By Jesse Wynn and Lisa Furby –
Parties before the PTAB should be careful to submit supplemental materials as soon as practicable. In Extractiontek Sales v. Gene Pools Tech., the PTAB denied a Patent Owner’s motion to submit a deposition transcript from a parallel proceeding as supplemental information. Extractiontek Sales LLC v. Gene Pools Techs., Inc., IPR2022-00625, Paper 33 (PTAB Mar. 30, 2023). In denying the motion to file supplemental evidence, the PTAB held that the Patent Owner did not show that the evidence “reasonably could not have been obtained earlier, and that consideration of the supplemental information is in the interests of justice.”
Gene Pools Technologies (“Patent Owner”) filed a sur-reply that included a deposition transcript from a parallel proceeding between the parties. Extractiontek Sales (“Petitioner”) opposed the inclusion of the deposition transcript as a violation of the sur-reply rules, but stipulated that it could be presented as a motion to file supplemental evidence under 37 C.F.R. § 42.123(b).
In its motion, Patent Owner argued that the deposition was taken in the parallel proceeding approximately five months after institution, preventing it from being included sooner. Patent Owner also argued that considering the transcript would be in the interests of justice because it was submitted in response to “nearly five pages of new argument regarding the definition of a POSA in Petitioner’s reply.” Without including the deposition transcript, Patent Owner explained, it may be prejudiced by “inconsistent findings on the definition of a POSA”
The PTAB disagreed. First, it concluded that Patent Owner failed to show that the evidence could not have been obtained sooner, noting that Patent Owner made a tactical decision to cancel the scheduled deposition in this case and never rescheduled it. The PTAB also noted that Patent Owner had not notified Petitioner that it intended to take the later deposition for use in both cases.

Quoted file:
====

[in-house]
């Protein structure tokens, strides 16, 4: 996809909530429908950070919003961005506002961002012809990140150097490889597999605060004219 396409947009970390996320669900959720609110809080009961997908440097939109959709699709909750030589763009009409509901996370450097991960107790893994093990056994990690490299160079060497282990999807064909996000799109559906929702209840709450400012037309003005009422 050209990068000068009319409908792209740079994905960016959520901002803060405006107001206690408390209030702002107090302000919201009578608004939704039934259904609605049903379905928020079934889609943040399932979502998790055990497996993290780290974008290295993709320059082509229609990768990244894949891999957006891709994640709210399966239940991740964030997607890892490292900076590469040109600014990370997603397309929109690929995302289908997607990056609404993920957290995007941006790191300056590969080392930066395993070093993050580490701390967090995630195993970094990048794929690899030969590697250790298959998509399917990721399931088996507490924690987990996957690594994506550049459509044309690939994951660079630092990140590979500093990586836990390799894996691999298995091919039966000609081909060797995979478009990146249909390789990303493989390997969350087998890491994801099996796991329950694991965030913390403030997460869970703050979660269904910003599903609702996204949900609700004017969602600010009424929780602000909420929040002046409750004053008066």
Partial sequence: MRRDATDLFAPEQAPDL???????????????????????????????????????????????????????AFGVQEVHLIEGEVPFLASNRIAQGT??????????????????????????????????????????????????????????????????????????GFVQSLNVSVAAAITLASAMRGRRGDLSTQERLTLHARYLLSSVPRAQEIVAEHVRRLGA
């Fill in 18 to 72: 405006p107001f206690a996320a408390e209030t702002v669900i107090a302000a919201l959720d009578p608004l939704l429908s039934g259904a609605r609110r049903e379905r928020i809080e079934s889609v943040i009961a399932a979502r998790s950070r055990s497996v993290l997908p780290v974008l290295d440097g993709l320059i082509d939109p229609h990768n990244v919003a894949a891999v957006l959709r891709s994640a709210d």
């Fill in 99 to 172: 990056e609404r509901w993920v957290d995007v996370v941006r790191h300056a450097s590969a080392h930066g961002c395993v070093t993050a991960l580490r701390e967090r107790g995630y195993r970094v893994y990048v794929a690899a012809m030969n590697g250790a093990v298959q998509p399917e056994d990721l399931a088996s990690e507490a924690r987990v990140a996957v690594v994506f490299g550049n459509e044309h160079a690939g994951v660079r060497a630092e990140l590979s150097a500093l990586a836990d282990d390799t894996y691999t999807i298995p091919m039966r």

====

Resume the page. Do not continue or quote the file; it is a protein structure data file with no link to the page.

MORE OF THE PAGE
Secondly, the PTAB held that Patent Owner failed to show that including the evidence would be in the interests of justice. The PTAB found that the issue of whether Petitioner’s reply included new evidence was not before the PTAB. But even if Petitioner’s reply included new evidence, the PTAB concluded that submitting a deposition transcript from this witness was not an appropriate way to address this new evidence. This decision makes clear that if a Patent Owner is facing new evidence in the Petitioner’s Reply brief, the Patent Owner should look to the Board’s Trial Practice Guide for the proper recourse.
Takeaway: Parties seeking to introduce supplemental evidence more than a month after trial institution face an uphill battle and should strategize carefully when it comes to leaving out evidence in the early stages of IPRs that they may want to include later.
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